Newton's laws of motion(redirected from Strong form of Newton's Third Law)
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Newton's laws of motionthree laws that relate the forces and motions of bodies or objects (from the viewpoint of a fixed observer), first proposed by Isaac Newton. (1) An object will remain at rest or continue with constant velocity unless acted on by an unbalanced force. (2) The rate of change of momentum (or acceleration for a body/object of constant mass) is proportional to, and in the same direction as, the force applied to it (force = mass ×1 acceleration). (3) When two objects are in contact, the force applied by one object on the other is equal and opposite to that of the second object on the first (for every action, there is an equal and opposite reaction).
lawprinciple or rule
Davis' law soft tissues' tendency to shorten and contract unless subject to frequent stretching
Hilton's law a joint and its motive muscles (+ insertions) are all supplied by the same nerve
Hook's law tissue strain (i.e. change in length) is directly proportional to applied compressive or stretching stress, so long as tissue elasticity (recoil ability) is not exceeded
inverse-square law radiation intensity is inversely proportional to square of distance from radiation source (rad = κ1/cm2)
law of excitation muscle tissue contracts in direct proportion to stimulating current strength
Newton's first law; law of inertia an object at rest will not move until acted upon by a force; an object in motion will remain in motion at constant velocity until acted on by a net force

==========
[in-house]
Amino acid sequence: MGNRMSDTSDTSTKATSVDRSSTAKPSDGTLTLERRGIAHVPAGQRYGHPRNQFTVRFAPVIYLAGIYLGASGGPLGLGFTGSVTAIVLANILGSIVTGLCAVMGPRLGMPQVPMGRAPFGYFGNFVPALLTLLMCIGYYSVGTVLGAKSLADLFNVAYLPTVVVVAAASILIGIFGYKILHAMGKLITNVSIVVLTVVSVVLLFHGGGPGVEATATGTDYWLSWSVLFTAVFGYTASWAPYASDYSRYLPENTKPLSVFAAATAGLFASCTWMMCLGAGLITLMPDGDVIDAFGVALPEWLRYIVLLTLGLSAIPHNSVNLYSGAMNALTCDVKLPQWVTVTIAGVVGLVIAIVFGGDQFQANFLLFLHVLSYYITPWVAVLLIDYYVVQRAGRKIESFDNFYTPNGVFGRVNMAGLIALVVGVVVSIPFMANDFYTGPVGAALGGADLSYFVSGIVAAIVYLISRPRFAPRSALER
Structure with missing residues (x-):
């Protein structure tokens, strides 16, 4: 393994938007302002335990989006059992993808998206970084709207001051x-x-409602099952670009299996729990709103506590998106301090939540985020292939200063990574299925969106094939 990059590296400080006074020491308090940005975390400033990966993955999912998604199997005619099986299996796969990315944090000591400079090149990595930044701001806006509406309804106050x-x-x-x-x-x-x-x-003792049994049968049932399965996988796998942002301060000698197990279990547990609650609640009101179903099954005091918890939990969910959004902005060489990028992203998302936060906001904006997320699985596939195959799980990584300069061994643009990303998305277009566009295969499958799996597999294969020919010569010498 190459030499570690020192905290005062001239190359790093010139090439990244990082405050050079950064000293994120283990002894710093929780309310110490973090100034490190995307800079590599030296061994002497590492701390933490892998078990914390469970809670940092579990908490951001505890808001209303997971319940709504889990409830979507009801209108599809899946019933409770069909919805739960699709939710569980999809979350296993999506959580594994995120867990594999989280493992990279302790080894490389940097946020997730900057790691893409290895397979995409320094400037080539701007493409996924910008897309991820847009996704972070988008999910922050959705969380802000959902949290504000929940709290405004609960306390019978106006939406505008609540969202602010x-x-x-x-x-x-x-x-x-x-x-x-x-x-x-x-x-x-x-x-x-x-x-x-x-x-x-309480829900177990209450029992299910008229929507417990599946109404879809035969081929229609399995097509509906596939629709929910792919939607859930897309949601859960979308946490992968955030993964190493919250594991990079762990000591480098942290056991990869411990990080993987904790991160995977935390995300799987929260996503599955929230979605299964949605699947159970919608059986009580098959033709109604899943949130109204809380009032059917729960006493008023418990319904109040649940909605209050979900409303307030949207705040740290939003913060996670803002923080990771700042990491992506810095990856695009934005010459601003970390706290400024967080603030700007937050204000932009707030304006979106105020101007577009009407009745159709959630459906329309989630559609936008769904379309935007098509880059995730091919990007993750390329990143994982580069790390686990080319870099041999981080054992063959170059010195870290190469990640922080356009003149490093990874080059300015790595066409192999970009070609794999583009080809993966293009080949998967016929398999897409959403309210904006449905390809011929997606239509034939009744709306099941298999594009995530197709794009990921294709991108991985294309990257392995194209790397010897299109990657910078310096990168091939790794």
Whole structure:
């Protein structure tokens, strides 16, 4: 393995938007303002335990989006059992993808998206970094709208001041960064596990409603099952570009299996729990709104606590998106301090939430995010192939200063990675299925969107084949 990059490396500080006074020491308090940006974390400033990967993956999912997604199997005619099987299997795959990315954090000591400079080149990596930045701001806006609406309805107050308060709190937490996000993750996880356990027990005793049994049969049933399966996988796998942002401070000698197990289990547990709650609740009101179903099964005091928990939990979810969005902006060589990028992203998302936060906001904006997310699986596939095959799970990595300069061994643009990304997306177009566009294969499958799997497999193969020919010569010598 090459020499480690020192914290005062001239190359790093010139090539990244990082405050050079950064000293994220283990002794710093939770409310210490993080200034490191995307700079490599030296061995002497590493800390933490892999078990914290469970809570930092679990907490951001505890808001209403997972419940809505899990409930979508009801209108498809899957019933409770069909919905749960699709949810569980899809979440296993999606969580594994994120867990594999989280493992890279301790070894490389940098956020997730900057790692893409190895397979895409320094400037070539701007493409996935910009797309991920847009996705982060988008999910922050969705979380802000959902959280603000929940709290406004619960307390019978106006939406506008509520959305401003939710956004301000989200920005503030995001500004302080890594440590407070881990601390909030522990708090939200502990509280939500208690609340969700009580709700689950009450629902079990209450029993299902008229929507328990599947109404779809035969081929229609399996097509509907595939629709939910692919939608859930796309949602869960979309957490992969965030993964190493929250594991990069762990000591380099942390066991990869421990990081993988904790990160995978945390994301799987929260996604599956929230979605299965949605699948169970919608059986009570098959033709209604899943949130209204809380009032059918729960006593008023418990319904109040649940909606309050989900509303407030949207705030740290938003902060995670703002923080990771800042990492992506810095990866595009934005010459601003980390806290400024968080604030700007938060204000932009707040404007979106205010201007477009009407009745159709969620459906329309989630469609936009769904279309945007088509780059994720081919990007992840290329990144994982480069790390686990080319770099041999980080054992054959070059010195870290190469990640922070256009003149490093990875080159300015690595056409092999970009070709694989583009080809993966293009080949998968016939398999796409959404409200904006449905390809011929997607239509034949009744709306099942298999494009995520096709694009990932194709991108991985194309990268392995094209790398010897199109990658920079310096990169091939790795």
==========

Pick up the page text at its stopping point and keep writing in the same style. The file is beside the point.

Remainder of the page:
Newton's second law; law of acceleration acceleration is directly proportional to applied force and indirectly proportional to object mass (i.e. force = mass × acceleration)
Newton's third law; law of reciprocal actions to every action there is an equal and opposite reaction; i.e. a body is maintained at rest by equal and opposing forces
Pascal's law a fluid at rest transmits pressure equally in every direction
Poiseuille's law vascular blood flow is inversely proportional to fourth power of vessel radius (i.e. the narrower the vessel, the greater the resistance to flow)
Starling's law the greater the stretch imposed on a circular muscle (e.g. muscle layer of an artery), the greater its reciprocal recoil and contraction
Wolff's law bone function changes cause bone structure modification (see bone modelling)